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Preview Warm Up California Standards Lesson Presentation

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Warm Up Simplify. 25 64 144 225 5. 202 400

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NS2.4 Use the inverse relationship between raising to a power and extracting the root of a perfect square integer; for an integer that is not a square, determine without a calculator the two integers between which its square root lies and explain why. Also covered: AF2.2 California Standards

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Vocabulary square root principal square root perfect square

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Because the area of a square can be expressed using an exponent of 2, a number with an exponent of 2 is said to be squared. You read 32 as “three squared.” 3 Area = 32 The square root of a number is one of the two equal factors of that number. Squaring a nonnegative number and finding the square root of that number are inverse operations.

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Positive real numbers have two square roots, one positive and one negative. The positive square root, or principle square root, is represented by The negative square root is represented by –

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**A perfect square is a number whose square roots are integers**

A perfect square is a number whose square roots are integers. Some examples of perfect squares are shown in the table.

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**You can write the square roots of 16 as ±4, which is read as “plus or minus four.”**

Writing Math

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**Additional Example: 1 Finding the Positive and Negative Square Roots of a Number**

Find the two square roots of each number. A. 49 49 = 7 7 is a square root, since 7 • 7 = 49. 49 = –7 – –7 is also a square root, since –7 • (–7) = 49. The square roots of 49 are ±7. B. 100 100 = 10 10 is a square root, since 10 • 10 = 100. 100 = –10 – –10 is also a square root, since –10 • (–10) = 100. The square roots of 100 are ±10.

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Check It Out! Example 1 Find the two square roots of each number. A. 25 25 = 5 5 is a square root, since 5 • 5 = 25. 25 = –5 – –5 is also a square root, since –5 • (–5) = 25. The square roots of 25 are ±5. B. 144 144 = 12 12 is a square root, since 12 • 12 = 144. 144 = –12 – –12 is also a square root, since –12 • (–12) = 144. The square roots of 144 are ±12.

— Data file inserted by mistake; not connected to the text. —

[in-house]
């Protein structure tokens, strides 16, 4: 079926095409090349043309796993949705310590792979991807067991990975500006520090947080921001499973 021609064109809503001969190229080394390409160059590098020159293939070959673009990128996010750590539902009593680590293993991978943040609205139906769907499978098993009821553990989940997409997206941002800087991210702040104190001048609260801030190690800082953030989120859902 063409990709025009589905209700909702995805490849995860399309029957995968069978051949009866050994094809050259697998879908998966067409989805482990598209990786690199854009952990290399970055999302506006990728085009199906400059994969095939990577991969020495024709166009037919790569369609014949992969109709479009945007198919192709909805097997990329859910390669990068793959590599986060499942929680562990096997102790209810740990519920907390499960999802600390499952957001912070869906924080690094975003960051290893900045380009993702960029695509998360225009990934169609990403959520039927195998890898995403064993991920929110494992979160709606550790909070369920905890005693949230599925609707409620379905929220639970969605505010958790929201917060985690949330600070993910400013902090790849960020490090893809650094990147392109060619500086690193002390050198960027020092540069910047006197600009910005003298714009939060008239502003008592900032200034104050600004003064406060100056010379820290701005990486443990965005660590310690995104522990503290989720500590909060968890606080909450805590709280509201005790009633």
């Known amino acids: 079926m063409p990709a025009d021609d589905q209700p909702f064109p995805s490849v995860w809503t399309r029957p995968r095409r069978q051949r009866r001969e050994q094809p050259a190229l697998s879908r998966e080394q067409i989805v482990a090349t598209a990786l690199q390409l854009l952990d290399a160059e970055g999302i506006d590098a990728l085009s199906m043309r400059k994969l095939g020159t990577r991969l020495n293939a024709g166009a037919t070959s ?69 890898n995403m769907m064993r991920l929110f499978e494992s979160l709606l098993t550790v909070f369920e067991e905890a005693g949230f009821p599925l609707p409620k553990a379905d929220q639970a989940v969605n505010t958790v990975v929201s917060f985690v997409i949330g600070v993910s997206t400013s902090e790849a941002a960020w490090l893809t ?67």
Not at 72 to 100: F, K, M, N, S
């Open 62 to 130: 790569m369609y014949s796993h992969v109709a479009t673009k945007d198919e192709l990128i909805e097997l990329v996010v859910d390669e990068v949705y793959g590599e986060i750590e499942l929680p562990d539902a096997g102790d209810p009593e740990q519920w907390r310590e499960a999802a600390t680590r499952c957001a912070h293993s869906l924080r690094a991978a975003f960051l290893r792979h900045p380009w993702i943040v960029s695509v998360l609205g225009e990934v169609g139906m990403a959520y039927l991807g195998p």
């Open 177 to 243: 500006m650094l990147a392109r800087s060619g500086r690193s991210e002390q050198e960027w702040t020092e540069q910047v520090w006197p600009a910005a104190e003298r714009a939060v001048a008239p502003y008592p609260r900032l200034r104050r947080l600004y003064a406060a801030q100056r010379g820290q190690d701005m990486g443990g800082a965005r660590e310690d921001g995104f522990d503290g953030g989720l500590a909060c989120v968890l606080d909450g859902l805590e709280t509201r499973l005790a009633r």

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**Additional Example 2: Application**

A square window has an area of 169 square inches. How wide is the window? Find the square root of 169 to find the width of the window. Use the positive square root; a negative length has no meaning. 132 = 169 So = 13. The window is 13 inches wide.

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Check It Out! Example 2 A square shaped kitchen table has an area of 16 square feet. Will it fit through a van door that has a 5 foot wide opening? Find the square root of 16 to find the width of the table. Use the positive square root; a negative length has no meaning. 16 = 4 So the table is 4 feet wide, which is less than 5 feet, so it will fit through the van door.

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**Additional Example 3: Finding the Square Root of a Monomial**

Simplify the expression. A. 144c2 144c2 = (12c)2 Write the monomial as a square. = 12|c| Use the absolute-value symbol. B. z6 Write the monomial as a square: z6 = (z3)2 z6 = (z3)2 = |z3| Use the absolute-value symbol.

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**Additional Example 3: Finding the Square Root of a Monomial**

Simplify the expression. C. 100n4 100n4 = (10n2)2 Write the monomial as a square. = 10n2 10n2 is nonnegative for all values of n. The absolute-value symbol is not needed.

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Check It Out! Example 3 Simplify the expression. A. 121r2 121r2 = (11r)2 Write the monomial as a square. = 11|r| Use the absolute-value symbol. B. p8 Write the monomial as a square: p8 = (p4)2 p8 = (p4)2 = |p4| Use the absolute-value symbol.

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Check It Out! Example 3 Simplify the expression. C. 81m4 81m4 = (9m2)2 Write the monomial as a square. = 9m2 9m2 is nonnegative for all values of m. The absolute-value symbol is not needed.

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Lesson Quiz Find the two square roots of each number. Simplify each expression. p z8 ±12 ±50 7|p3| z4 5. Ms. Estefan wants to put a fence around 3 sides of a square garden that has an area of 225 ft2. How much fencing does she need? 45 ft

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HW # 48- p. 194 # 1-37 odd Warm up Week 14, Day Two Simplify. 1. 5 2 2. 8 2 3. 12 2 4. 15 2 5. 20 2 6. x 2 * y 7 * x -1 * y 3.

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